No one at Katharine Birbalsingh's school studies information technology. But they all learn about history, Shakespeare and French.

Auckland-born Birbalsingh, labelled by the British media as "Britain's strictest teacher", hands out detentions to kids who speak while hurrying in single file between classes at the Michaela Community School, a "free school" or charter school in a poor part of London.

They are allowed two minutes to get from one class to another because Birbalsingh believes every minute counts.

"You want to have order and structure," she said.

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"You want to make the most of every minute, because people are who are coming from disadvantaged backgrounds don't have access to the same knowledge and culture."

The Times outlined some of the school's draconian-sounding rules in a story which labelled Birbalsingh Britain's strictest teacher.

"No fighting, no lying. Break the rules and it's the isolation room," it wrote.

It also describes the school's lunch ritual. The students chant some of Kipling's words before moving silently to their tables. Over lunch they debate a set topic, for example, is Winston Churchill the most inspirational person you have read about in history?

The food is always vegetarian and there is a brief time allocated for eating it, the Times explained.

Other stories describe how students move quickly between classes in single file without saying a word - anyone who doesn't gets a demerit.

The Guardian wrote about the school's "no excuses" policy.

"Detentions are awarded for arriving one minute late to school, for not completing homework, for scruffy work, for not having a pen or ruler, for reacting badly to a teacher's instruction by tutting or rolling eyes, and even for 'persistently turning round in class' after being told not to."

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She believes children thrive on tough love.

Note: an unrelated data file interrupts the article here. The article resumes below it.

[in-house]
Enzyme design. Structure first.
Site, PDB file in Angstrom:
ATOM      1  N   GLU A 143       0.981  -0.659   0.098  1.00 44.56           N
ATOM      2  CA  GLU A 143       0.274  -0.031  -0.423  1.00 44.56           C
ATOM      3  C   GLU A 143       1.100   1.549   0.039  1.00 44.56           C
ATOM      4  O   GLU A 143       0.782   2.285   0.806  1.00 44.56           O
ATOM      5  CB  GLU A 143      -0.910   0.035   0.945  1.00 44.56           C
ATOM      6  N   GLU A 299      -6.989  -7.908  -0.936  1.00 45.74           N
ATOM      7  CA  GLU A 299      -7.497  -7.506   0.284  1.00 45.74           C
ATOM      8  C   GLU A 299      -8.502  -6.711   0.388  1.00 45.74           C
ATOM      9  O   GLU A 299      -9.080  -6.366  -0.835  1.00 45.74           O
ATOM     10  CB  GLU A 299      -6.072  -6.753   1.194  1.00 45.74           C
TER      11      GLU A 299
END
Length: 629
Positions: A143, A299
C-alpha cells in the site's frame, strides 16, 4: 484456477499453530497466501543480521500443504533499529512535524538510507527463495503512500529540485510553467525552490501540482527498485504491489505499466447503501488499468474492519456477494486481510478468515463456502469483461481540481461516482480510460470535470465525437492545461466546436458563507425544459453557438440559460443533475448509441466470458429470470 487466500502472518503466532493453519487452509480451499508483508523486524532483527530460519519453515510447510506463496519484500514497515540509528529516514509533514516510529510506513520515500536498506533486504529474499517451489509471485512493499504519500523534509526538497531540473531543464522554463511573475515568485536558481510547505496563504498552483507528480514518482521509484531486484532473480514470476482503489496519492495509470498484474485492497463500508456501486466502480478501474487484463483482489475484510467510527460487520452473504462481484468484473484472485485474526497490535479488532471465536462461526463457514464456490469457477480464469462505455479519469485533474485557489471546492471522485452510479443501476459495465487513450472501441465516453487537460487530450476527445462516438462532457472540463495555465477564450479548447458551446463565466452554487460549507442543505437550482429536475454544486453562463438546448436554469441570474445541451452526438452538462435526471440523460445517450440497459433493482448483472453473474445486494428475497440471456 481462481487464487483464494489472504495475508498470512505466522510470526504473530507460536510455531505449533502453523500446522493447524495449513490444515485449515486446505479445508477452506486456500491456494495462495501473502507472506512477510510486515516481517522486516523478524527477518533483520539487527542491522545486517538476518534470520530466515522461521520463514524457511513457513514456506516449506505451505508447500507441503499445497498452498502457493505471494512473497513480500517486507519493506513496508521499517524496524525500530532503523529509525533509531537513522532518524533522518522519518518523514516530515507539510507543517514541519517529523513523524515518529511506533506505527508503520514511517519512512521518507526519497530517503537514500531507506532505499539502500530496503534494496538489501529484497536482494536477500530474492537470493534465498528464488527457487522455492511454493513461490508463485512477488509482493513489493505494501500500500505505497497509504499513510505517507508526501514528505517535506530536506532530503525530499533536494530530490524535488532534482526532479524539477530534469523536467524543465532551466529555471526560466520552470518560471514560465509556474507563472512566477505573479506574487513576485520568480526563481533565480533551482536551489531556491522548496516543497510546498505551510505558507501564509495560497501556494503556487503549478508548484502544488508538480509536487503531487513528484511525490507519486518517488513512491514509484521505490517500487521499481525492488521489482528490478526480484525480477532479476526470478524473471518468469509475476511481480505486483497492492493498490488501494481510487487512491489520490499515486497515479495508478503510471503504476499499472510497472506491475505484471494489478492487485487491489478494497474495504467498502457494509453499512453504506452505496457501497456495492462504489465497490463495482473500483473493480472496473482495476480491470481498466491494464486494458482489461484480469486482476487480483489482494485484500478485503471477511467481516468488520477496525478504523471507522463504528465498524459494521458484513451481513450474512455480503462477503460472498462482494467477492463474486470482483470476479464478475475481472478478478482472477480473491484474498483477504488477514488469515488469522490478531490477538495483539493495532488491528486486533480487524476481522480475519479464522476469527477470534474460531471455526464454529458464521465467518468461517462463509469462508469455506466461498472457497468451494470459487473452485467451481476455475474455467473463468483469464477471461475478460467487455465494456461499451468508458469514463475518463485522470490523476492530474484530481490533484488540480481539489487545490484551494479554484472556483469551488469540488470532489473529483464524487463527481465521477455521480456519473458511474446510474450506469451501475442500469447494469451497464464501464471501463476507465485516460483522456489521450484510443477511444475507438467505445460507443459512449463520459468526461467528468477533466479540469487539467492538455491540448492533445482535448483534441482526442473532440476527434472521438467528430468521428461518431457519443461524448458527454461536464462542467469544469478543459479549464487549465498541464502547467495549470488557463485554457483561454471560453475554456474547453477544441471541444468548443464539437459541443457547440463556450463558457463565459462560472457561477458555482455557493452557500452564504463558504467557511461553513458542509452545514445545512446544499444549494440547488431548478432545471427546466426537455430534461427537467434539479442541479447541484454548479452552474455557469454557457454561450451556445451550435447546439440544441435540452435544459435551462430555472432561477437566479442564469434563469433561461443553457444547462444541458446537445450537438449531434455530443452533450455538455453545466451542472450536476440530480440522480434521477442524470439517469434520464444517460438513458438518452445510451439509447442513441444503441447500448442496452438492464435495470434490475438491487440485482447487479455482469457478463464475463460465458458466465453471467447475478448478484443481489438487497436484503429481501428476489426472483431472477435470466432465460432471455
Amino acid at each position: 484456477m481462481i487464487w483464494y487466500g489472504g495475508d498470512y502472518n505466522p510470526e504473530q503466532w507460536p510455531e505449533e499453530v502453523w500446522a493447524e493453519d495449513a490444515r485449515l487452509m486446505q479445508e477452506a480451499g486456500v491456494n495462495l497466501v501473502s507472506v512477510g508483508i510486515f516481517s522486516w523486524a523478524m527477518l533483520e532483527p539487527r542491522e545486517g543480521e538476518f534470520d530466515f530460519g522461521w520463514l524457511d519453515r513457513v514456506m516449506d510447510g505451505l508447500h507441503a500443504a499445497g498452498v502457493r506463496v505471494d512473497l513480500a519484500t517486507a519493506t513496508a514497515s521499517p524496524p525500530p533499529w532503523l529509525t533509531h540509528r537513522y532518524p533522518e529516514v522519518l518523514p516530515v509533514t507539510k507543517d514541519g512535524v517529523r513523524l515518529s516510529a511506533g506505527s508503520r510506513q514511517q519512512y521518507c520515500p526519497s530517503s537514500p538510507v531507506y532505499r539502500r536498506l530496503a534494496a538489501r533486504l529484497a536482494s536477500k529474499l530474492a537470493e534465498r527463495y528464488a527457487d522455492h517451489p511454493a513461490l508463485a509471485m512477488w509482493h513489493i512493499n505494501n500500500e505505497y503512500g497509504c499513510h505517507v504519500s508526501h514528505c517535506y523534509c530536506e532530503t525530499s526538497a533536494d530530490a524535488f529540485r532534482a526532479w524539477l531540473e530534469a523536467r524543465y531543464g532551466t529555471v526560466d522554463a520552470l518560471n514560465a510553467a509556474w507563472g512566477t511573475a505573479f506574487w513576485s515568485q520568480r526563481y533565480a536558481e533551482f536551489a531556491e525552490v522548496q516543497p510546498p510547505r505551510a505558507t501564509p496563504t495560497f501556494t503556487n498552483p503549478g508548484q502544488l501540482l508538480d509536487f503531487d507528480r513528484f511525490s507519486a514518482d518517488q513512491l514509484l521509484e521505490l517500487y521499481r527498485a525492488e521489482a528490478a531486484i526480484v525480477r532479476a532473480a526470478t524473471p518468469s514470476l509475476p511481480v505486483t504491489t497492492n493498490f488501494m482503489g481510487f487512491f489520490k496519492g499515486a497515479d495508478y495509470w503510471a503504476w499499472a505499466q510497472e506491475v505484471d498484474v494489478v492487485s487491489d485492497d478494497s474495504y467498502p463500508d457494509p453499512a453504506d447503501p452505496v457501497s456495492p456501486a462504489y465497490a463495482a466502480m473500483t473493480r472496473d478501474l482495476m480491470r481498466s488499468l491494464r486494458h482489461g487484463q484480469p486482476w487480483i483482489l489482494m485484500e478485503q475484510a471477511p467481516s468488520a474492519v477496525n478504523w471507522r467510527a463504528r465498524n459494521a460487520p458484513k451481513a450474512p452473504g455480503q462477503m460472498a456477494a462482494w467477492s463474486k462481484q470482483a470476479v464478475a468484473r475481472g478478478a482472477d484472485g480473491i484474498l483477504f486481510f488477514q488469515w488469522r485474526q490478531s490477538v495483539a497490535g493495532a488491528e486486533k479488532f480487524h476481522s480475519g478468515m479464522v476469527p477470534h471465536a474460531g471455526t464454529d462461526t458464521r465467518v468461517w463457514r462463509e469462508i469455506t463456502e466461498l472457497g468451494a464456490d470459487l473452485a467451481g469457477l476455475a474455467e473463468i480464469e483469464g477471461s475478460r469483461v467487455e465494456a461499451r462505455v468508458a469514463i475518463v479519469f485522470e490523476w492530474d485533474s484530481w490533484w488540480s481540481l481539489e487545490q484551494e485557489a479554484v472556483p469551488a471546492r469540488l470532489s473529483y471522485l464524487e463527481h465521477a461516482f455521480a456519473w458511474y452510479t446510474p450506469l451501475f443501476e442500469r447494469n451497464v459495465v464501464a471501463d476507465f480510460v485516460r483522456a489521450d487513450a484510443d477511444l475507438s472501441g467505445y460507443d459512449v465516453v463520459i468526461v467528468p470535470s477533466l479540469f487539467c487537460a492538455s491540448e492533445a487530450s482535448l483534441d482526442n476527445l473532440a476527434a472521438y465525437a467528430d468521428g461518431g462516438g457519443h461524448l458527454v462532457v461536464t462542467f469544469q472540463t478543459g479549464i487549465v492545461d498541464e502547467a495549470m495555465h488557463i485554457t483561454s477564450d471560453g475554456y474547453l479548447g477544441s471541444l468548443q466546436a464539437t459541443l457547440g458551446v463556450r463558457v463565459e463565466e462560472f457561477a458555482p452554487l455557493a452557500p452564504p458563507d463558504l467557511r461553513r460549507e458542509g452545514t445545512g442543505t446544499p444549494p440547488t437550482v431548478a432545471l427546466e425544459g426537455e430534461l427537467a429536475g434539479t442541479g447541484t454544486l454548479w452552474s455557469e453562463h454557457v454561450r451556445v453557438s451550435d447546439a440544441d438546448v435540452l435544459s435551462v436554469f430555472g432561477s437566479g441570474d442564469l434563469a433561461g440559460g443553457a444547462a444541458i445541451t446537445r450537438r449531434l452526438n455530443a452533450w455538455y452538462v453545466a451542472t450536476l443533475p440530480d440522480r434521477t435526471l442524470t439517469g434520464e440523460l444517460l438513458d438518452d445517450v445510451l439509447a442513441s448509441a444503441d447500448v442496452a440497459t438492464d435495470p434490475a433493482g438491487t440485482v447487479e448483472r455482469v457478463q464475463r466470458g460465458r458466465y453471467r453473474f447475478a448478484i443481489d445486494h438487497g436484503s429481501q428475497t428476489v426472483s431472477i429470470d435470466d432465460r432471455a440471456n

Birbalsingh, 44, was born when her Guyanese father Frank Birbalsingh was on a postdoctoral fellowship in English at the University of Auckland. Her parents named her Katharine after Katherine Mansfield and gave her a Māori second name, Moana.

Katharine Birbalsingh reads with Hinalei Taumoe'anga, 6, at Bairds Mainfreight School. Photo / Greg Bowker
Katharine Birbalsingh reads with Hinalei Taumoe'anga, 6, at Bairds Mainfreight School. Photo / Greg Bowker

She told students at Bairds Mainfreight School in Ōtara today that her father was her inspiration.

"He grew up without any shoes, from a very, very poor background, and he changed his life," she told them.

"And all of you in this room can do the same thing, because when he was your age he read every single day, and he worked really hard, and now his daughter can fly across the world and do extraordinary things."

Birbalsingh presenting Duffy Books with author Alan Duff (in blue jersey), Bairds Mainfreight School principal Alan Lyth, left, and NZ Initiative chairman Roger Partridge. Photo / Greg Bowker
Birbalsingh presenting Duffy Books with author Alan Duff (in blue jersey), Bairds Mainfreight School principal Alan Lyth, left, and NZ Initiative chairman Roger Partridge. Photo / Greg Bowker

She will tell a seminar for teachers on Saturday that traditional teaching methods work best for students who don't have the basic "cultural currency" that middle-class kids take for granted.

"I'm a real traditionalist. I believe in the basics - lots of reading, writing and maths," she said.

Information technology is not part of her curriculum because "when it comes to IT, the children often know more than the teachers".

"You can cut certain things and spend that time in English and maths and science," she said.

She said some children came to her school at age 11 with a reading age of 5, but they all caught up within two years using phonics - learning the sounds that letters make in a word. It might sound boring, but she denied it.

"At primary school when it's taught well, using wonderful flashcards and pictures, the children love it," she said.

"We do times tables in song form - they absolutely love it. They do these funny movements when they're doing it.

"Children love learning, I think it's just a prejudice of adults that learning is boring. It's not, it's really interesting. It's the absence of learning that is boring."

• Katharine Birbalsingh speaks at ResearchED, Auckland Grammar School Centennial Theatre, June 2.